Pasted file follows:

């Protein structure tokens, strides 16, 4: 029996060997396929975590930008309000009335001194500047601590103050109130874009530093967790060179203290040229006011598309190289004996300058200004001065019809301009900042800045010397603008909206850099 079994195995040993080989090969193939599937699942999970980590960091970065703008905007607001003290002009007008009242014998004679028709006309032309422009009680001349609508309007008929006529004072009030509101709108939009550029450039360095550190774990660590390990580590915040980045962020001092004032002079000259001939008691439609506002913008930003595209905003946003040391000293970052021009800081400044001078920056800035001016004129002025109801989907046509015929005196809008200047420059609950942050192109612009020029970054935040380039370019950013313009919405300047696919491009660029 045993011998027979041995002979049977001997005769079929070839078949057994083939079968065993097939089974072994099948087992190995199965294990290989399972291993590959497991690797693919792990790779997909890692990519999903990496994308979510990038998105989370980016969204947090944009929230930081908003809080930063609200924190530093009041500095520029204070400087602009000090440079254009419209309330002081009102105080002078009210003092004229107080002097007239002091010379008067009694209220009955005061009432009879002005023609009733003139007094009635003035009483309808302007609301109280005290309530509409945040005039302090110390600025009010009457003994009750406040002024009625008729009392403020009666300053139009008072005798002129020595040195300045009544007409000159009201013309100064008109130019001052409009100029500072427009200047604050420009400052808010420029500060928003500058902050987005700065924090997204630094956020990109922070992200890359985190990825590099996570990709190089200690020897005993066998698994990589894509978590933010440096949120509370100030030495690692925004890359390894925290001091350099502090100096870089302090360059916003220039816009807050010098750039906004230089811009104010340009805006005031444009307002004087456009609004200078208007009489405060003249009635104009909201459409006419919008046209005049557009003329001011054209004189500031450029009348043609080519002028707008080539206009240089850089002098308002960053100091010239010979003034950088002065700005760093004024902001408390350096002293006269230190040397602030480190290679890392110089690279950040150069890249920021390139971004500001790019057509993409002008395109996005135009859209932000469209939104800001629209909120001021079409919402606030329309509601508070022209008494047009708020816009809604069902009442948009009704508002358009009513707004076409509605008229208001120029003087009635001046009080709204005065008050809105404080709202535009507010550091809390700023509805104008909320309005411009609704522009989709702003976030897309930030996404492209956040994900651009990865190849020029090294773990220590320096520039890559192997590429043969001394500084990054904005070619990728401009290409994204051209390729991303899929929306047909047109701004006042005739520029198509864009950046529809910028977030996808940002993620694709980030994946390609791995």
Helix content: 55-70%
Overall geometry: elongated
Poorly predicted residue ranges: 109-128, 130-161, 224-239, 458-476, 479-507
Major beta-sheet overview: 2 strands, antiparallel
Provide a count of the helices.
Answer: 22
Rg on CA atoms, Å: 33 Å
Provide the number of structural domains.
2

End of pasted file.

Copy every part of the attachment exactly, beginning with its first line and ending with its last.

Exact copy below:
């Protein structure tokens, strides 16, 4: 029996060997396929975590930008309000009335001194500047601590103050109130874009530093967790060179203290040229006011598309190289004996300058200004001065019809301009900042800045010397603008909206850099 079994195995040993080989090969193939599937699942999970980590960091970065703008905007607001003290002009007008009242014998004679028709006309032309422009009680001349609508309007008929006529004072009030509101709108939009550029450039360095550190774990660590390990580590915040980045962020001092004032002079000259001939008691439609506002913008930003595209905003946003040391000293970052021009800081400044001078920056800035001016004129002025109801989907046509015929005196809008200047420059609950942050192109612009020029970054935040380039370019950013313009919405300047696919491009660029 045993011998027979041995002979049977001997005769079929070839078949057994083939079968065993097939089974072994099948087992190995199965294990290989399972291993590959497991690797693919792990790779997909890692990519999903990496994308979510990038998105989370980016969204947090944009929230930081908003809080930063609200924190530093009041500095520029204070400087602009000090440079254009419209309330002081009102105080002078009210003092004229107080002097007239002091010379008067009694209220009955005061009432009879002005023609009733003139007094009635003035009483309808302007609301109280005290309530509409945040005039302090110390600025009010009457003994009750406040002024009625008729009392403020009666300053139009008072005798002129020595040195300045009544007409000159009201013309100064008109130019001052409009100029500072427009200047604050420009400052808010420029500060928003500058902050987005700065924090997204630094956020990109922070992200890359985190990825590099996570990709190089200690020897005993066998698994990589894509978590933010440096949120509370100030030495690692925004890359390894925290001091350099502090100096870089302090360059916003220039816009807050010098750039906004230089811009104010340009805006005031444009307002004087456009609004200078208007009489405060003249009635104009909201459409006419919008046209005049557009003329001011054209004189500031450029009348043609080519002028707008080539206009240089850089002098308002960053100091010239010979003034950088002065700005760093004024902001408390350096002293006269230190040397602030480190290679890392110089690279950040150069890249920021390139971004500001790019057509993409002008395109996005135009859209932000469209939104800001629209909120001021079409919402606030329309509601508070022209008494047009708020816009809604069902009442948009009704508002358009009513707004076409509605008229208001120029003087009635001046009080709204005065008050809105404080709202535009507010550091809390700023509805104008909320309005411009609704522009989709702003976030897309930030996404492209956040994900651009990865190849020029090294773990220590320096520039890559192997590429043969001394500084990054904005070619990728401009290409994204051209390729991303899929929306047909047109701004006042005739520029198509864009950046529809910028977030996808940002993620694709980030994946390609791995």
Helix content: 55-70%
Overall geometry: elongated
Poorly predicted residue ranges: 109-128, 130-161, 224-239, 458-476, 479-507
Major beta-sheet overview: 2 strands, antiparallel
Provide a count of the helices.
Answer: 22
Rg on CA atoms, Å: 33 Å
Provide the number of structural domains.
2